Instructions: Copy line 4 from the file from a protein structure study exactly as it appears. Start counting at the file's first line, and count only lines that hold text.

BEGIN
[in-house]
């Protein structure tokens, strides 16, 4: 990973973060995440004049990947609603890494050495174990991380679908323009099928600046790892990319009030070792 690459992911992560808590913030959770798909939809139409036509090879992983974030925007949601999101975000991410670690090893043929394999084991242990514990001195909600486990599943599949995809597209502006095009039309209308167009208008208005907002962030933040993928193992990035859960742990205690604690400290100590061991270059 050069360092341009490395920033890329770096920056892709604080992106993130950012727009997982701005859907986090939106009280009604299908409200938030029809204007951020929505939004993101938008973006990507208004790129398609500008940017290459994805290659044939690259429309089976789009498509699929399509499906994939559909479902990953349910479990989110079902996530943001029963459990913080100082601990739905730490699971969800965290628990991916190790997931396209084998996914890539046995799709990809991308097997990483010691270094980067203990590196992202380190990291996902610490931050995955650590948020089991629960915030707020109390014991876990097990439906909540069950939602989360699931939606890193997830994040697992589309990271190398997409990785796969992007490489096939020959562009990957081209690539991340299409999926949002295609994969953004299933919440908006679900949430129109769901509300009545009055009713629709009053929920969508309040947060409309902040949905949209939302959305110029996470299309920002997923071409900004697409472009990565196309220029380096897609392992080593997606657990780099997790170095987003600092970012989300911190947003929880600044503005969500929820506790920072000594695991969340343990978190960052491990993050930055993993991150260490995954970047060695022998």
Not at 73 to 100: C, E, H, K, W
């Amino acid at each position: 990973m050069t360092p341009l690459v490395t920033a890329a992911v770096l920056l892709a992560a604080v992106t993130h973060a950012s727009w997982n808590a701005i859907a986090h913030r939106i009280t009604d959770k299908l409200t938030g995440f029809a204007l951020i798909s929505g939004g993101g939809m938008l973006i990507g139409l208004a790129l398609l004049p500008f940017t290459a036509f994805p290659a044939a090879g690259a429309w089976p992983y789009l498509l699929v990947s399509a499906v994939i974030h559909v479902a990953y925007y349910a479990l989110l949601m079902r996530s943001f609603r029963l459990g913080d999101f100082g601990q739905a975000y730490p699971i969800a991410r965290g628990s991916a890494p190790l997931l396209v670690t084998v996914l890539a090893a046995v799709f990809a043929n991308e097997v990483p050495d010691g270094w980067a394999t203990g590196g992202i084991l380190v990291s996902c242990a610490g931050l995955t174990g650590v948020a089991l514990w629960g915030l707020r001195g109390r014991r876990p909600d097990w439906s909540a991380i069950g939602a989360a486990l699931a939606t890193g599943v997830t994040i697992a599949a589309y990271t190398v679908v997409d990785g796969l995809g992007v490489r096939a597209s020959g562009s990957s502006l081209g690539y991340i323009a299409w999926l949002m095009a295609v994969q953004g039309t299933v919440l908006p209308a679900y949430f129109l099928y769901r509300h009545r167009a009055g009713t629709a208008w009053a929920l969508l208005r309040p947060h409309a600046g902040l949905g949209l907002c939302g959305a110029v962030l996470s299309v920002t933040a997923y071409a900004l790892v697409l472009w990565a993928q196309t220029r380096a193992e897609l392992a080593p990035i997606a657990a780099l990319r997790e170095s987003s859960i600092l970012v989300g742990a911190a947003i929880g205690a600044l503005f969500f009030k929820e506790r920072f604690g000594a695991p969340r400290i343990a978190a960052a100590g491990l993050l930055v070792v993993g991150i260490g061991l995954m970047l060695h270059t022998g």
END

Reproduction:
């Amino acid at each position: 990973m050069t360092p341009l690459v490395t920033a890329a992911v770096l920056l892709a992560a604080v992106t993130h973060a950012s727009w997982n808590a701005i859907a986090h913030r939106i009280t009604d959770k299908l409200t938030g995440f029809a204007l951020i798909s929505g939004g993101g939809m938008l973006i990507g139409l208004a790129l398609l004049p500008f940017t290459a036509f994805p290659a044939a090879g690259a429309w089976p992983y789009l498509l699929v990947s399509a499906v994939i974030h559909v479902a990953y925007y349910a479990l989110l949601m079902r996530s943001f609603r029963l459990g913080d999101f100082g601990q739905a975000y730490p699971i969800a991410r965290g628990s991916a890494p190790l997931l396209v670690t084998v996914l890539a090893a046995v799709f990809a043929n991308e097997v990483p050495d010691g270094w980067a394999t203990g590196g992202i084991l380190v990291s996902c242990a610490g931050l995955t174990g650590v948020a089991l514990w629960g915030l707020r001195g109390r014991r876990p909600d097990w439906s909540a991380i069950g939602a989360a486990l699931a939606t890193g599943v997830t994040i697992a599949a589309y990271t190398v679908v997409d990785g796969l995809g992007v490489r096939a597209s020959g562009s990957s502006l081209g690539y991340i323009a299409w999926l949002m095009a295609v994969q953004g039309t299933v919440l908006p209308a679900y949430f129109l099928y769901r509300h009545r167009a009055g009713t629709a208008w009053a929920l969508l208005r309040p947060h409309a600046g902040l949905g949209l907002c939302g959305a110029v962030l996470s299309v920002t933040a997923y071409a900004l790892v697409l472009w990565a993928q196309t220029r380096a193992e897609l392992a080593p990035i997606a657990a780099l990319r997790e170095s987003s859960i600092l970012v989300g742990a911190a947003i929880g205690a600044l503005f969500f009030k929820e506790r920072f604690g000594a695991p969340r400290i343990a978190a960052a100590g491990l993050l930055v070792v993993g991150i260490g061991l995954m970047l060695h270059t022998g």